"O Canada," the national anthem of our neighbors up north, comes in two official versions — English and French. They share a melody, but differ in meaning.

Let the record show: neither version of those lyrics contains the phrase "all lives matter."

But at the 2016 All-Star Game, the song got an unexpected edit.

At Petco Park in San Diego, one member of the Canadian singing group The Tenors — by himself, according to the other members of the group — revised the anthem.

School's out, and a lot of parents are getting through the long summer days with extra helpings of digital devices.

How should we feel about that?

Police in Baton Rouge say they have arrested three people who stole guns with the goal of killing police officers. They are still looking for a fourth suspect in the alleged plot, NPR's Greg Allen reports.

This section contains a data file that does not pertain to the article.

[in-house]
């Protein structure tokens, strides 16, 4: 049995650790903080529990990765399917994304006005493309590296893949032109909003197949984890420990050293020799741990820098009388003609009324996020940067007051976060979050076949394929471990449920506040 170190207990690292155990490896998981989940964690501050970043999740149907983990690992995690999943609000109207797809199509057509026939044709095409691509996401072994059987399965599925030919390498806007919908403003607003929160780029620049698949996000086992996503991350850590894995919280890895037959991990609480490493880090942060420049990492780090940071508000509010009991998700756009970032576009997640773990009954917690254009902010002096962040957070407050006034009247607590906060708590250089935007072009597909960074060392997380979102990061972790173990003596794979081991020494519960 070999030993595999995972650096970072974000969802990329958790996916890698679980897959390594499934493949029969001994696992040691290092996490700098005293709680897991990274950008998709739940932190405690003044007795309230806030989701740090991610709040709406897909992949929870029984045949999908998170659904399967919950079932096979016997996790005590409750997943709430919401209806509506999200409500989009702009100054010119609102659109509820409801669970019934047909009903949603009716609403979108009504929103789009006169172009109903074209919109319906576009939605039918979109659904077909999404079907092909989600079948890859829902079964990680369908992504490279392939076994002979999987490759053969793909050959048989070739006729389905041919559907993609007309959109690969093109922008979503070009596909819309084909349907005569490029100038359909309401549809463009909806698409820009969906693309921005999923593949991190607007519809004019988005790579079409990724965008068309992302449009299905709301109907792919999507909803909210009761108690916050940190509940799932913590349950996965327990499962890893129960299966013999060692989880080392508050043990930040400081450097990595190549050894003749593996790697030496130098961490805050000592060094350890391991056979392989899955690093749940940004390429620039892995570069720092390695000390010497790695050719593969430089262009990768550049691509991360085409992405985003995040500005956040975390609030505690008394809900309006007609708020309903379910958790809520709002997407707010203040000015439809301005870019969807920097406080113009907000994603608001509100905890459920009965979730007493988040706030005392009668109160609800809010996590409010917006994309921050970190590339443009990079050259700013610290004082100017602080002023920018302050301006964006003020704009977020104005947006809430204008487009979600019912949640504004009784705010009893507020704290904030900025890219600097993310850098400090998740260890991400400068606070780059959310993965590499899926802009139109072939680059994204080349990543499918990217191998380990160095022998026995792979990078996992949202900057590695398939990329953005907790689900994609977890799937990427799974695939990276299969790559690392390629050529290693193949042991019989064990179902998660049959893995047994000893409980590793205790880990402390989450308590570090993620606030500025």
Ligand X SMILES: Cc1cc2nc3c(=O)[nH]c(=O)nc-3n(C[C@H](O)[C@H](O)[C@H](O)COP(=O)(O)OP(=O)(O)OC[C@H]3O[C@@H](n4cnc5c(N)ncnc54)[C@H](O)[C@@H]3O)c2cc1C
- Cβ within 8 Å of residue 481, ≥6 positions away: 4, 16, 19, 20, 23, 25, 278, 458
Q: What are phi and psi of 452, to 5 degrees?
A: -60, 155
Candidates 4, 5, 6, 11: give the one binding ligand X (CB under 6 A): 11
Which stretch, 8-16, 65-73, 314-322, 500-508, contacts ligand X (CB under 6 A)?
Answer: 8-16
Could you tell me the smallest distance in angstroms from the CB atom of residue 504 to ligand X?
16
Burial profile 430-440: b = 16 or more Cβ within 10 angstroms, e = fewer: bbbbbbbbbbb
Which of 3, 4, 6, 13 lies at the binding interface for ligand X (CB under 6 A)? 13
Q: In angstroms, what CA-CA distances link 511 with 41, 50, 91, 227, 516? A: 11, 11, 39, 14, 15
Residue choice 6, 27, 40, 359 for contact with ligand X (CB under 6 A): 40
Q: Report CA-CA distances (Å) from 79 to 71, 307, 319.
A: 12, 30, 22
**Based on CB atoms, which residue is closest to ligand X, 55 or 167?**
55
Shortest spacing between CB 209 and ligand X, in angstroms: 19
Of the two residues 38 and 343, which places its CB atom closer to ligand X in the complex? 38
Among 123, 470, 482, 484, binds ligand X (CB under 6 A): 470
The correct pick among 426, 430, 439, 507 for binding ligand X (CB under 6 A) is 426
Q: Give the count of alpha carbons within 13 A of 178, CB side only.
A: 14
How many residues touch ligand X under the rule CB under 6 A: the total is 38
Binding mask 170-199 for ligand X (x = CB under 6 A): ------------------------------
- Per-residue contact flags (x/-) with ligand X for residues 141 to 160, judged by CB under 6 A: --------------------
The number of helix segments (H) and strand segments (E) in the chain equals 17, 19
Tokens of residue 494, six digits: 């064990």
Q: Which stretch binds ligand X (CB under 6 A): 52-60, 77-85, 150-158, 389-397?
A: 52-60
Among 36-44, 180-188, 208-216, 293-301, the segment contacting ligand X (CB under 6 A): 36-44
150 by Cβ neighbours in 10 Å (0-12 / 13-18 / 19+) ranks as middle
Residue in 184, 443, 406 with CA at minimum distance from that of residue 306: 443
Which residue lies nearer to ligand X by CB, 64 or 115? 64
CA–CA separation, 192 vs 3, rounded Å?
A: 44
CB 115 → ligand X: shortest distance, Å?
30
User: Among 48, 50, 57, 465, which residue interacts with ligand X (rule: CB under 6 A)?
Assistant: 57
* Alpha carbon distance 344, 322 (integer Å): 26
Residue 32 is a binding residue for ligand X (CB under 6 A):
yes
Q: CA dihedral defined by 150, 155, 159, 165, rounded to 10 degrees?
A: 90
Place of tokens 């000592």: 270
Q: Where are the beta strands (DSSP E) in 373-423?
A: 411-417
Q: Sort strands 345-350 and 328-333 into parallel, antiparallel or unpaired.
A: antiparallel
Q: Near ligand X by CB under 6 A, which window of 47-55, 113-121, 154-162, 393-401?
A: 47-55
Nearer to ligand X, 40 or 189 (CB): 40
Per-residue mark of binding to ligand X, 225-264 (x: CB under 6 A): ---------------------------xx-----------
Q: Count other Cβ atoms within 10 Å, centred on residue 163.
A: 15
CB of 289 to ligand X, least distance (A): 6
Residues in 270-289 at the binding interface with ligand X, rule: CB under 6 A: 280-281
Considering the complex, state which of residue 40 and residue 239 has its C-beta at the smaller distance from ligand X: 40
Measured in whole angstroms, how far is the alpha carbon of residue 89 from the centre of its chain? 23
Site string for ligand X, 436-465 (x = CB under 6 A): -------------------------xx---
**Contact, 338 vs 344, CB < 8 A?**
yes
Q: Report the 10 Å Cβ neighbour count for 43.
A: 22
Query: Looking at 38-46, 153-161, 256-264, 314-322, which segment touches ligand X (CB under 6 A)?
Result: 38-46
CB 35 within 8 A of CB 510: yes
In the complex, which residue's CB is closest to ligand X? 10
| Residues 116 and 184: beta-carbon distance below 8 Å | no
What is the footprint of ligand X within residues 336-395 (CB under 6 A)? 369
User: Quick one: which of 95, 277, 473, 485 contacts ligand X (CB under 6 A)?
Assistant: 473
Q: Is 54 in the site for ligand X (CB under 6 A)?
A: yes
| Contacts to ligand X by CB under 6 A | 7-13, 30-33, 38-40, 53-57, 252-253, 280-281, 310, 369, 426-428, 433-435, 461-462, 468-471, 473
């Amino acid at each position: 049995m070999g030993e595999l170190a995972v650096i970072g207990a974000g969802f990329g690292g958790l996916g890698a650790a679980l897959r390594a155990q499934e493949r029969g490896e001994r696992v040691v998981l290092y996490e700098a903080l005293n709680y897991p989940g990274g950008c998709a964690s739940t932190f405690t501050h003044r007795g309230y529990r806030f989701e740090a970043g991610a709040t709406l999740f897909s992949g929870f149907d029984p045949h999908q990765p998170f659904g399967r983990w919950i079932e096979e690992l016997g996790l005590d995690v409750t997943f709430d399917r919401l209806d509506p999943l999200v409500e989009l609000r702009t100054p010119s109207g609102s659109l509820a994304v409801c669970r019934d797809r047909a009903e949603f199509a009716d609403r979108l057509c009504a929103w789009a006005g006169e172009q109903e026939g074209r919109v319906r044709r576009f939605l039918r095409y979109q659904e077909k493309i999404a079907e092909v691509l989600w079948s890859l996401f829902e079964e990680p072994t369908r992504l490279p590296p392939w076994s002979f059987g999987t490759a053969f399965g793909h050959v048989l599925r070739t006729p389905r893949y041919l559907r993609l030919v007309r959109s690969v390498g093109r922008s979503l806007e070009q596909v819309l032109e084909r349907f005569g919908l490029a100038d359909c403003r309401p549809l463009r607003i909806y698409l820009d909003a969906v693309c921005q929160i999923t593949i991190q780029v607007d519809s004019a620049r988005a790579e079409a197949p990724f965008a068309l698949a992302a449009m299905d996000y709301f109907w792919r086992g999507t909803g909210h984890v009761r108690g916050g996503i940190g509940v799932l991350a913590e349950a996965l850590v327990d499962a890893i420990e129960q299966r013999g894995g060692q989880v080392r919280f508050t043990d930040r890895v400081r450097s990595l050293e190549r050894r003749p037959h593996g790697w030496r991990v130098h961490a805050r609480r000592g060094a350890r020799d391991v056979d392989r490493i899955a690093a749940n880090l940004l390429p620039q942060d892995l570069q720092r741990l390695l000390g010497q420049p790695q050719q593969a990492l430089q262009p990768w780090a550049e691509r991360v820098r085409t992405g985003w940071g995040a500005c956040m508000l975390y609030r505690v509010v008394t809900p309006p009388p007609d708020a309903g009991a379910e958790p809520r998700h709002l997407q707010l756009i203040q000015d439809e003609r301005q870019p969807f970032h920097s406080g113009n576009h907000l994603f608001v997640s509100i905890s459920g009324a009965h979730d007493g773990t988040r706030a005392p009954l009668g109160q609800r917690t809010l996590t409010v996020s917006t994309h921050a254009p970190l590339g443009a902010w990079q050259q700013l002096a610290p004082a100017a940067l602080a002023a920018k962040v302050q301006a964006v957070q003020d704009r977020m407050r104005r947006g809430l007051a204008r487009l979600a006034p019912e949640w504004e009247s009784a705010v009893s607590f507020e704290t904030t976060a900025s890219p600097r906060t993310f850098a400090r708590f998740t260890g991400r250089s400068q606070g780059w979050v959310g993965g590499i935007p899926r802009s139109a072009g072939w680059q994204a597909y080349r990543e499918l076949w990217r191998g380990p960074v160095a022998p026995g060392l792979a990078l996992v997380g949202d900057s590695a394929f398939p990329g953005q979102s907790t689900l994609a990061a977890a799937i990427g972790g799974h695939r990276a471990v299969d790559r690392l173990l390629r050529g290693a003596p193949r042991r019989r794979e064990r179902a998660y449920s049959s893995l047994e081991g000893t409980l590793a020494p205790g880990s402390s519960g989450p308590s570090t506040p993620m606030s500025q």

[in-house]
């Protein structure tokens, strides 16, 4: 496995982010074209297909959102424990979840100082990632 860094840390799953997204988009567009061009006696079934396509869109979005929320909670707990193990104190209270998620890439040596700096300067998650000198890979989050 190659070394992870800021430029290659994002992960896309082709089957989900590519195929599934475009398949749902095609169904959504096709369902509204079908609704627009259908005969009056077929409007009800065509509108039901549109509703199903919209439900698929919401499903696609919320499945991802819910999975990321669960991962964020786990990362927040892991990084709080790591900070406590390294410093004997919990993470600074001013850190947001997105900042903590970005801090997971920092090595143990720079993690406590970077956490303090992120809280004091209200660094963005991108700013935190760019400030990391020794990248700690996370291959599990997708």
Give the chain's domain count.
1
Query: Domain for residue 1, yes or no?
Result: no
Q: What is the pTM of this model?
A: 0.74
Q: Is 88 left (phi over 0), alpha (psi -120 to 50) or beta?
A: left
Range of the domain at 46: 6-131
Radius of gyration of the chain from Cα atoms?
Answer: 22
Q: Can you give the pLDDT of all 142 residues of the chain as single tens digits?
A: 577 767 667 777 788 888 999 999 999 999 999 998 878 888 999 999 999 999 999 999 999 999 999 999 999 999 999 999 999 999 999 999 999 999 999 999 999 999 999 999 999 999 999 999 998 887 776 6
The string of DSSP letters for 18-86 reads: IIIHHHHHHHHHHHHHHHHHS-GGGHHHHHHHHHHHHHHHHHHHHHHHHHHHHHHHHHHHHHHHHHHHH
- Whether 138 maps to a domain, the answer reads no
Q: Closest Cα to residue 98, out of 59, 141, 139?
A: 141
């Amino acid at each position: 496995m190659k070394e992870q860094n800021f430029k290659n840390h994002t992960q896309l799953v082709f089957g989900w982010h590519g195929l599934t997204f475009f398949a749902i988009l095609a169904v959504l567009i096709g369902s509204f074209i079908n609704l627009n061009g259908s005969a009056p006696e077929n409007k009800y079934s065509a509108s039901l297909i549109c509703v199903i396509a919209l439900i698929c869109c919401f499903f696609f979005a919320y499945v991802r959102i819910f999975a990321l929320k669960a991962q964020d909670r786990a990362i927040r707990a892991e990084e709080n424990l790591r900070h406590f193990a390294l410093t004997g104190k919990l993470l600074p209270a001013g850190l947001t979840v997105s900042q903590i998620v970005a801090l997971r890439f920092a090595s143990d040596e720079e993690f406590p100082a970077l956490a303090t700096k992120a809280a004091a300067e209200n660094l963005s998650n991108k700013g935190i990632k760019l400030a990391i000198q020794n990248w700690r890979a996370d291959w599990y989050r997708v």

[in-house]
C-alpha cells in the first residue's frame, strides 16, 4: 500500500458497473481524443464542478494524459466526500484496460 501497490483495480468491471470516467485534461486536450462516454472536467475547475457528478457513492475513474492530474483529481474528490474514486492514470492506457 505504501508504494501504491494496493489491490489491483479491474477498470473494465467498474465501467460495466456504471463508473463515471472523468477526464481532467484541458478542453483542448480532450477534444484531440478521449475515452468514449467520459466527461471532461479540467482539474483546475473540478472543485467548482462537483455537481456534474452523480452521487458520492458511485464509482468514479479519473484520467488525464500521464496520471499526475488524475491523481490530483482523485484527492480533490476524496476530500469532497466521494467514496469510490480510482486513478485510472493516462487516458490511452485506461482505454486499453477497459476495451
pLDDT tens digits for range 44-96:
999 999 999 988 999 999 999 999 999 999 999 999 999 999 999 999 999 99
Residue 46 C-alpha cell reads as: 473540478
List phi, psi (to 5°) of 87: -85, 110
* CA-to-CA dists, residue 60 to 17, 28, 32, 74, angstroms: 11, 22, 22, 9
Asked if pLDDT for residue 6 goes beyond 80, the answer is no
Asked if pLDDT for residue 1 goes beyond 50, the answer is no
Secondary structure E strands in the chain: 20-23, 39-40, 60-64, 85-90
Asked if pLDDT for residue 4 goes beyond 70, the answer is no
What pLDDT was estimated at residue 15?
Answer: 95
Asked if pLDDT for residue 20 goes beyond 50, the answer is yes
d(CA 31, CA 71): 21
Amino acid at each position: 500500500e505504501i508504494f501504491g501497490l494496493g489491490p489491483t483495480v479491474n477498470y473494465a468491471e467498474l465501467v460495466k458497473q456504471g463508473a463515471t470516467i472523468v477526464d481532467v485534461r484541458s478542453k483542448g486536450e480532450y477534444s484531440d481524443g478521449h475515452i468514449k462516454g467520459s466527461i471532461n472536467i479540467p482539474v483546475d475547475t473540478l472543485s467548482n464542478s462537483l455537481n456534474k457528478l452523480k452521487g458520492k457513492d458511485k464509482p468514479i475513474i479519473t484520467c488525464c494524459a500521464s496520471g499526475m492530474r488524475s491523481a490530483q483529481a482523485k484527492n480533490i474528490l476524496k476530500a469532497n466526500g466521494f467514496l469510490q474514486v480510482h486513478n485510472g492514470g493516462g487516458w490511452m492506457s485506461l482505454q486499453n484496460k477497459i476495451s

"Police say the thefts were at a Baton Rouge pawn shop early Saturday morning," Greg says. "One person was arrested at the scene. Since then, two others have been arrested and six of the eight stolen handguns have been recovered. Police are still looking for one other man."

A 13-year-old boy is among those arrested, Greg says.

Copyright 2016 NPR. To see more, visit http://www.npr.org/.

After an international tribunal invalidated Beijing's claims to the South China Sea, Chinese authorities have declared in no uncertain terms that they will be ignoring the ruling.